AS Donald Trump takes the charge of the office of 45th American President, there exist wide array of apprehensions among the US allies and adversaries who are eager to decipher what direction US foreign policy might take under Trump administration. In various socio-political and economic spheres, it is feared that America’s new president might upend the international order, either by disengaging from allies, realigning with rivals or withdrawing from agreements concluded by previous US administrations. By pledging US-First policy, President Trump places economic protectionism and the fight against Islamist terrorism at the very centre of US foreign policy.
Trump’s policy deliberations have not gone completely unheard as world leaders’ focus on analysing the course, waiting for the President to settle in and take the charge formally. Trump’s policies have hinted of a more cooperative and less adversarial relationship with Moscow. Meanwhile, as China has outmanoeuvred the United States in recent years, particularly with regard to trade and geoeconomic strategies, he has asked to bolster US military deployment and presence in East and South China Seas to discourage Chinese adventurism. On relations with European states, he has taken a stance never thought before, suggesting that European countries would now have to spend more on their own defence.
It is likely that Trump will spell the end of talks on an EU-US free trade treaty, which was proposed to deepen the transatlantic alliance strategically between the previous US administration and EU leaders. On multilateral defence ties, Trump has also shown his interest in building an alliance with Russia to combat the Jihadist presence in Middle East. In his recent interview, President Trump added further to the dismay of Europeans by stating NATO as outdated and obsolete for not being adaptable to modern security challenges. After Brexit, Trump believed that Britain might not be last nation to leave EU.
On issues of bilateral nature, Mr Trump has already called Iran Nuclear deal as one of the “dumbest” deals he had ever seen. He has threatened either to withdraw from the agreement, seek better terms or its complete dismantling which has a narrow scope as it cannot be annulled unilaterally. In Asia and sub-regions, Mr. Trump is seen very much interested in keeping its alliance system intact, eager to mediate the Kashmir issue between Pakistan and India, presses prime focus on elimination of insurgency and extremism but a clear policy of Afghan issue is still missing. However, as Afghanistan’s local media reports, Taliban themselves have asked Donald Trump to review Afghanistan policy. By analysing this cut short summary of policies, it could be inferred that the American President is somehow undermining the strategic value of its European allies who had been one great support system for the US in determining the world order in past. As Trump rattles the strategic worth of some alliances, Gen. James N Mattis, newly appointed Defence Secretary pledges to work closely with the State Department to strengthen U.S. alliances abroad while stating Putin as a real threat to the US, claiming his ambitions to break Northern Atlantic Alliance. The difference in statements is obvious however, it is to see which side convinces the other, given the cost and benefit analysis. Besides, Mr. Trump alone cannot raise diplomatic support for Russia but requires presence of all national stakeholders on one page.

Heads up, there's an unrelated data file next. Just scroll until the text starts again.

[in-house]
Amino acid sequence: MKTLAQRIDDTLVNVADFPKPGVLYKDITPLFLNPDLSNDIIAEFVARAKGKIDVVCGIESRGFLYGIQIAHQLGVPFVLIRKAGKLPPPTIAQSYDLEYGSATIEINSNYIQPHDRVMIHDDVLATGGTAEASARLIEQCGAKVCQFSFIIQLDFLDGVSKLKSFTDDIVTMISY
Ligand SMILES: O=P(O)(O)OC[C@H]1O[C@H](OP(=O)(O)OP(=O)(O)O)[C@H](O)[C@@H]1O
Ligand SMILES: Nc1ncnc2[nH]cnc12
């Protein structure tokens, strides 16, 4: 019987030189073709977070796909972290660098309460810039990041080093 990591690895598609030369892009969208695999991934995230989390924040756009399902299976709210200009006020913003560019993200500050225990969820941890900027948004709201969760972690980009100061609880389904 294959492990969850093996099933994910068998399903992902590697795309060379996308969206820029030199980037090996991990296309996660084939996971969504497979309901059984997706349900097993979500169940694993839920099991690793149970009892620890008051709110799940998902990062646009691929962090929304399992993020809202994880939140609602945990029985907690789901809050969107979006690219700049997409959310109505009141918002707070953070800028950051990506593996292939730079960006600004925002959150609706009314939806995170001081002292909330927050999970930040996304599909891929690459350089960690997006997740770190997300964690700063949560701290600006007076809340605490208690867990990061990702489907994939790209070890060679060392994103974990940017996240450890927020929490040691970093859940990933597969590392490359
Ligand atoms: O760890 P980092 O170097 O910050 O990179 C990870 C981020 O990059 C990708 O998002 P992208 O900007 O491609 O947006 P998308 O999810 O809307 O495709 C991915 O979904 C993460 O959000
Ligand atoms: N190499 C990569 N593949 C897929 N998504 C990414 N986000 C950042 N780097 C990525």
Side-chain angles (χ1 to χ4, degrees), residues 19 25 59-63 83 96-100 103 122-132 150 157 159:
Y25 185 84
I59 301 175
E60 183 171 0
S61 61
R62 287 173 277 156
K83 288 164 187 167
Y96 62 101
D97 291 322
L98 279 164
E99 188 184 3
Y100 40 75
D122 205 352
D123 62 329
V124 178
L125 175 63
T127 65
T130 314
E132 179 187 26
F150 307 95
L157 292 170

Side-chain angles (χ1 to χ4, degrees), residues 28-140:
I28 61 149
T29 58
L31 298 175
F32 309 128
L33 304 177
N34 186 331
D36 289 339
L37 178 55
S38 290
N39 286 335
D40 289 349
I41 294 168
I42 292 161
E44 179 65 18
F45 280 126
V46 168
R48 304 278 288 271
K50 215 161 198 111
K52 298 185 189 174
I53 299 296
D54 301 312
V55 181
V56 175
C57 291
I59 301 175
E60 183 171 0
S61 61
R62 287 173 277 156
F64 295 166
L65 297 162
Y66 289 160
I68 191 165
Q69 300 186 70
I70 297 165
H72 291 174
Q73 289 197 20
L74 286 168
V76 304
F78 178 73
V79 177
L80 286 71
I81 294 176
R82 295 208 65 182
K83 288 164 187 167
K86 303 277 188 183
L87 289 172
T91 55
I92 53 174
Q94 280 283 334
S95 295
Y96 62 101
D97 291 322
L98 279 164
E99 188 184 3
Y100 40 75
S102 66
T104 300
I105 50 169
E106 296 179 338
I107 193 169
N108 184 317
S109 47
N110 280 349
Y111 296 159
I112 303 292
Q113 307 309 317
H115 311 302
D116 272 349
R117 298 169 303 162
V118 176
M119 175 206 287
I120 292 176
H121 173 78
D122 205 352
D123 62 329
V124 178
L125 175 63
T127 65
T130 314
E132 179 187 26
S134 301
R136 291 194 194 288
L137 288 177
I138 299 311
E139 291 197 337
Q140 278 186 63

At the same time, the US cannot afford to collide head on with odd fronts that had been brought to terms with a great deal of effort. As to beautifully sum up, Stephen Sestanovich, a senior fellow at the Council on Foreign Relations considers ‘it as a sign of confusion if you’re making trouble with the Chinese at the same time as you’re making trouble with US allies in Asia, and again as a sign of confusion if you’re trying to make up with Russia at the same [time] that you’re not tending to American alliances in Europe.’ There is also a need to revisit the suggested withdrawal policies from places of the US intervention as immediate extraction would probably leave countries and regions in further chaos. Moreover, he is also confronted by a wave of massive protests inside and outside the country, openly rejecting Trump either for his policy deliberations or flimsy and inappropriate acts during his presidential campaign.
Trump has definitely placed high the mantra of securing America’s greater national interest on his priority list but it involves a wider array of perspective and aspects needed to be retrospected and analysed as to formulate policies. In policy spheres, it is believed that there will be a change in policies vis-à-vis evolving global dynamics and scenarios, once Trump takes charge. For instance, it’s trivial but Trump’s viewpoint concerning Muslim presence in US and globally has changed after elections, thereby presenting a hope for a change of heart. But until something significant happens, confusion would persist.
As it seems very unclear that whether Trump is really seeking to upend the current global order or he lacks the international experience for a comprehensive approach to diplomacy, some analysts believe he is taking a strategic approach, perhaps putting other world powers on edge on purpose. Some analysts see it as benefits of being unpredictable; quoting the example of former US president Richard M. Nixon who was reported to be a proponent of the “madman theory” as he saw it as a tactical advantage in making his enemies think he was unstable.
— The writer is Assistant Research Officer, Islamabad Policy Research Institute, a think-tank based in Islamabad.